Suzuki Jimny vs Range Rover

Suzuki Jimny vs Range Rover
Suzuki Jimny vs Range Rover

David vs Goliath. A 20-year-old little off-roader against a £100k luxury SUV

As the fourth-generation of Suzuki Jimny gather pace over the horizon, it’s time to say farewell to the third-generation model, which has hardly changed in the two decades it’s been on sale. But the SUV market itself has changed out of all recognition, as epitomized by a Range Rover Autobiography with a six-figure price tag. The extras adorning it cost more than the entire Suzuki Jimny.

So is putting the two together gratuitous bullying, snidely comparing the scratchy plastic interior of the Jimny with the sumptuous padded leather of the Range Rover’s drawing room? Perhaps if the test was a trip down to the South of France it would be an uneven contest. But there’s one great leveler – mud.

The mud at Avalanche Adventure in Leicestershire is thick and goopy, like soup or melted chocolate. There are swamps of it, and there are steep challenging climbs, some of them two storeys high.
The idea was to pit both vehicles against Nature, but one tester, not terribly 4×4 experienced, decided it would all be a breeze in the Range Rover. So much so that he wore his favourite red trainers. I feel sure that detail hasn’t been lost on you.

At first the be-trainered tester went for the easy bits, confident the white Suzuki box in his mirrors would soon bog down. It didn’t. It kept behind him through sideslopes, thick mud and inclines that went so high that in a building they’d have been demanding a lift. The white box was right there, a safe distance behind, but never further.

So the tester went for the gnarliest thing he could find: a climb that wasn’t any higher than the Range Rover roofline, but which was a very steep climb out of thick gloop that looked likely to both sap power and spin wheels. It did both. The Range Rover for once bestirred itself and applied considerable horsepower, torque, electronics and sheer muscle to all four wheels. And failed. The tester had to admit defeat and reverse out of it.

The little Suzuki failed as well. Then it had another go and made it, hauling itself perkily out of the bombhole and over the top, showing what 84bhp can do when it only has to drag 1090kg around, and when it’s powering all four wheels through a system that Suzuki has got fully sorted.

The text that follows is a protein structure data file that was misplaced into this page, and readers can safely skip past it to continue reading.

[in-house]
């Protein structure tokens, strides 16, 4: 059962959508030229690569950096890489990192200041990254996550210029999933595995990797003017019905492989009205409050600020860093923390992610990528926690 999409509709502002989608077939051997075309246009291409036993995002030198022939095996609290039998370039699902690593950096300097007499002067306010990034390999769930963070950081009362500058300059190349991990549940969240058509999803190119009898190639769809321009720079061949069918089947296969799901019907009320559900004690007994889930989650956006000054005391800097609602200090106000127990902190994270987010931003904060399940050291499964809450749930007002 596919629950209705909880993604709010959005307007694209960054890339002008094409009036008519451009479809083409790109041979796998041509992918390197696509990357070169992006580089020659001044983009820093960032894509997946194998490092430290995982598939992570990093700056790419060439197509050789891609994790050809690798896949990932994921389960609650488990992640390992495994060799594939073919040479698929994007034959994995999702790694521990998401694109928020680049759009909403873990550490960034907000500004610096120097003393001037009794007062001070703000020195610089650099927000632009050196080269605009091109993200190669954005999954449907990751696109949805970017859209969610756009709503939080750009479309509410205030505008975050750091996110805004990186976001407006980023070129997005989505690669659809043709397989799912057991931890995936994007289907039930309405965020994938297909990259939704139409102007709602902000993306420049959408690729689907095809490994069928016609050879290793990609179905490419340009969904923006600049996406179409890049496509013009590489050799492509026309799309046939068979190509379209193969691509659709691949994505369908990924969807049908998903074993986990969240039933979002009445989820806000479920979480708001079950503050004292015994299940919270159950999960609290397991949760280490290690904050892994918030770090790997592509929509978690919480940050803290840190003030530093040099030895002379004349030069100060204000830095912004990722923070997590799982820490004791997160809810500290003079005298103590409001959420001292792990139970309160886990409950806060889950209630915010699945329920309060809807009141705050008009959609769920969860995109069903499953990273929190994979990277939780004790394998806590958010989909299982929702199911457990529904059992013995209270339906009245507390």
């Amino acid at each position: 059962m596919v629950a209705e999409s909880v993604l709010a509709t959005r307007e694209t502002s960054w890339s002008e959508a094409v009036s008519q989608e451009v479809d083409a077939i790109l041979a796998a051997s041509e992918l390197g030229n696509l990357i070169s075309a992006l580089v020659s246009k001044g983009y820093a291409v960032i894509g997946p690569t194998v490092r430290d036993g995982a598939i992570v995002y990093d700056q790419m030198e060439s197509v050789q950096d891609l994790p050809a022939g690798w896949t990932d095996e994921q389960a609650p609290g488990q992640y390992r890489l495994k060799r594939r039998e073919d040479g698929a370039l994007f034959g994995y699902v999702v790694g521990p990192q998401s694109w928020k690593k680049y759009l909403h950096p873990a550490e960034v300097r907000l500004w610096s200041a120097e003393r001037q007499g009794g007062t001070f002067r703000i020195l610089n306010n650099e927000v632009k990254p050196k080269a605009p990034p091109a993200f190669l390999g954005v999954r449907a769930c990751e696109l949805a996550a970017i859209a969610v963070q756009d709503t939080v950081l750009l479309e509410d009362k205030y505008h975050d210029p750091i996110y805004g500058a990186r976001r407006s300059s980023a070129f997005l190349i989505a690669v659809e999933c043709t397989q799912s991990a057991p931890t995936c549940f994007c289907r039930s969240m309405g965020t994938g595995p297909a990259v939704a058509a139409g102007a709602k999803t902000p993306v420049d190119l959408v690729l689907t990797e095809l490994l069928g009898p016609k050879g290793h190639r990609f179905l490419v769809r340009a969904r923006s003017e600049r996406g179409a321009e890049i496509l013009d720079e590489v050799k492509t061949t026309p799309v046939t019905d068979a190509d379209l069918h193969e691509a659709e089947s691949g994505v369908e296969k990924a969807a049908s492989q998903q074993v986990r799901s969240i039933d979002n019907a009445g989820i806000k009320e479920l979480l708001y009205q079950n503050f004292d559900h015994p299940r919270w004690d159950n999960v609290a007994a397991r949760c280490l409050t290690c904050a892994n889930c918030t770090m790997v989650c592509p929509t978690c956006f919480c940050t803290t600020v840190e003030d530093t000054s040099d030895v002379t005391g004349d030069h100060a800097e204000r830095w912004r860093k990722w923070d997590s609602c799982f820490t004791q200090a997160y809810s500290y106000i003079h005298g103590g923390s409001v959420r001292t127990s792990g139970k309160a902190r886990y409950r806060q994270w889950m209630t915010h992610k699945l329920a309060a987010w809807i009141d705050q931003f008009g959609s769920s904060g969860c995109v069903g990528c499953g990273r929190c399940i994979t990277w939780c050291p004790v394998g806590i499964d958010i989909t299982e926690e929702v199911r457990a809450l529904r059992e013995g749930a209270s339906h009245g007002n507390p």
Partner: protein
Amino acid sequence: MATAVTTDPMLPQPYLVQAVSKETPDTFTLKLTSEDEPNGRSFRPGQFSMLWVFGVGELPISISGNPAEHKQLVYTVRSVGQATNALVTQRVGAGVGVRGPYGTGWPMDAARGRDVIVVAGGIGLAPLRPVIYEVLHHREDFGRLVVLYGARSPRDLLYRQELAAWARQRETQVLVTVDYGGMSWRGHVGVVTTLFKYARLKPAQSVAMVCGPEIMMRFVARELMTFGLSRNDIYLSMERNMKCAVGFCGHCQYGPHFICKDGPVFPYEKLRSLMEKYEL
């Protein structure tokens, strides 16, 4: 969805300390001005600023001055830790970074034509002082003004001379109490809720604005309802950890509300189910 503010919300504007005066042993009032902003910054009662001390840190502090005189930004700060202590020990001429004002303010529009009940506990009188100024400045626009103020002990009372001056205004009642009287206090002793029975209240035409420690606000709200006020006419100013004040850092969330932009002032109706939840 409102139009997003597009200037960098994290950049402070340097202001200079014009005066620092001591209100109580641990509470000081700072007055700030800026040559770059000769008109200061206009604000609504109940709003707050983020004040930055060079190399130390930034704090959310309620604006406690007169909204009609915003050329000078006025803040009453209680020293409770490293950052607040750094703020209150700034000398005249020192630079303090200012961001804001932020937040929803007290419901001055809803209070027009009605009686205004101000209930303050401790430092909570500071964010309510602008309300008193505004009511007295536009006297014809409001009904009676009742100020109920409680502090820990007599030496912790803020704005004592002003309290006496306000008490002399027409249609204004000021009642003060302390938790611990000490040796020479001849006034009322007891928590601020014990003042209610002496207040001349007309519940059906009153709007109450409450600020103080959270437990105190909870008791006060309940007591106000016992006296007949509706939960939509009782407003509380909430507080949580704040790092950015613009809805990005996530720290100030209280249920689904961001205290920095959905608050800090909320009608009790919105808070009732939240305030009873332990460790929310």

The man in the red trainers saw red. He had to have another go. He did, and he failed again, this time the four wheels spinning the Range Rover worryingly sideways on the slope in an effort to scramble out. That’s when 2.6 tonnes doesn’t do you any favours even if it has more electronics than some small factories.

Having reversed out yet again our tester got his dinky boots dirty and climbed into the Jimny. It seemed laughably small and crude after the luxury of the Range Rover, yet this was the top-spec model, the 1.3 SZ4, costing £14,784. After the remote and soft response of the Range Rover, the Jimny seemed ridiculously immediate, throwing the tester around, needing armfuls of lock and revs everywhere, and generally delivering a jerky ride even if you kept clear of the ultra-low first gear in the low box.

But it also kept going, through shot and shell, through climb and descent, sideslope, thick mud, deep ruts and everything the site could throw at it. The four little tyres found traction everywhere, and you could feel everything that was happening as the wheels scrabbled, spun, gripped and kept pushing forward.

You’d find it impossible not to warm to the little battler, especially as the six-figure Range Rover sat the side, trying to look unbothered but really not looking as bulletproof as it would like to be seen.

This is a very old 4×4, decades old, and in some ways it’s remarkable that it’s still in production, even if it is going to be replaced soon. But if you want a proper little SUV, one that really can get through anything, then this proves you don’t need horsepower, you don’t need weight, you don’t need a big budget – you just need a Suzuki Jimny.

 

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